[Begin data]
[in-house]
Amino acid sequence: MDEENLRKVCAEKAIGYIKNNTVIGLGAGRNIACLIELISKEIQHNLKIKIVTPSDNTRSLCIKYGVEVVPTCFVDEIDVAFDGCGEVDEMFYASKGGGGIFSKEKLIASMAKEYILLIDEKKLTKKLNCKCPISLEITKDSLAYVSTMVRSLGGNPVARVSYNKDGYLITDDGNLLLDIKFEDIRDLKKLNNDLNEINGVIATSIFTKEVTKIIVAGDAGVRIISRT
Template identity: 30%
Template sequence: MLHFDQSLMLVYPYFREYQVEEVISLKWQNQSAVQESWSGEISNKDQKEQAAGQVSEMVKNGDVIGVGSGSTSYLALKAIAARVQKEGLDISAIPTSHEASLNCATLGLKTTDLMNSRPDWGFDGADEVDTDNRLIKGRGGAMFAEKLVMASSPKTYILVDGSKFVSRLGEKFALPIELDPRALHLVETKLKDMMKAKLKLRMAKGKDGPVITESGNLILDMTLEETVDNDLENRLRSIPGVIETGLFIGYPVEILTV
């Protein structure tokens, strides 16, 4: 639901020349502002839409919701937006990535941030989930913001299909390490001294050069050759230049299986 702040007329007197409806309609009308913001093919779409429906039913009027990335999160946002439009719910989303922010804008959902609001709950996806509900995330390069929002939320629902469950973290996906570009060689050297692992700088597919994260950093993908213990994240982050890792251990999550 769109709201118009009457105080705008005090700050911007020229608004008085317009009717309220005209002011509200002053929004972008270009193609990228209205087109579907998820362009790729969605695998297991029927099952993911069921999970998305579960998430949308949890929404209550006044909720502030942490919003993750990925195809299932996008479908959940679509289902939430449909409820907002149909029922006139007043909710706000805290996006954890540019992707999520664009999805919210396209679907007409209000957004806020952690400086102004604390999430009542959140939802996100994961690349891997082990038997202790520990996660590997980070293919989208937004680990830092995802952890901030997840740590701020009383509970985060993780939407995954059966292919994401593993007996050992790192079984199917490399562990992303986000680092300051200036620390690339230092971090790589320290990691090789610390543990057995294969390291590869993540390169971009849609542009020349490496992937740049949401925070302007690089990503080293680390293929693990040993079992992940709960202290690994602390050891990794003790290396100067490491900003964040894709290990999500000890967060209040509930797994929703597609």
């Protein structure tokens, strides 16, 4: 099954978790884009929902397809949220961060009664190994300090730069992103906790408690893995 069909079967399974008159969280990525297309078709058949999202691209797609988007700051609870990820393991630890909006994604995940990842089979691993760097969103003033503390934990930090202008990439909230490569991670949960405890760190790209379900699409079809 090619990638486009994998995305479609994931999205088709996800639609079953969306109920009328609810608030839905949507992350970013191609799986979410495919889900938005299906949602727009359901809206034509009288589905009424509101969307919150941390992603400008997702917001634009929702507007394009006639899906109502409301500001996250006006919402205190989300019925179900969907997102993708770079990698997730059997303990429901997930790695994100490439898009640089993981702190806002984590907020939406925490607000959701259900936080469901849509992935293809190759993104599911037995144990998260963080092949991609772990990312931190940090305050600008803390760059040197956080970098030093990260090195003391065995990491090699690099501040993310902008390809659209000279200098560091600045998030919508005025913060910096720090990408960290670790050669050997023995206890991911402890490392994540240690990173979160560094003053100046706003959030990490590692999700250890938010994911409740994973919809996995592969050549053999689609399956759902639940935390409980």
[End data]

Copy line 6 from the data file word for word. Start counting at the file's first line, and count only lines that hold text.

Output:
């Protein structure tokens, strides 16, 4: 099954978790884009929902397809949220961060009664190994300090730069992103906790408690893995 069909079967399974008159969280990525297309078709058949999202691209797609988007700051609870990820393991630890909006994604995940990842089979691993760097969103003033503390934990930090202008990439909230490569991670949960405890760190790209379900699409079809 090619990638486009994998995305479609994931999205088709996800639609079953969306109920009328609810608030839905949507992350970013191609799986979410495919889900938005299906949602727009359901809206034509009288589905009424509101969307919150941390992603400008997702917001634009929702507007394009006639899906109502409301500001996250006006919402205190989300019925179900969907997102993708770079990698997730059997303990429901997930790695994100490439898009640089993981702190806002984590907020939406925490607000959701259900936080469901849509992935293809190759993104599911037995144990998260963080092949991609772990990312931190940090305050600008803390760059040197956080970098030093990260090195003391065995990491090699690099501040993310902008390809659209000279200098560091600045998030919508005025913060910096720090990408960290670790050669050997023995206890991911402890490392994540240690990173979160560094003053100046706003959030990490590692999700250890938010994911409740994973919809996995592969050549053999689609399956759902639940935390409980």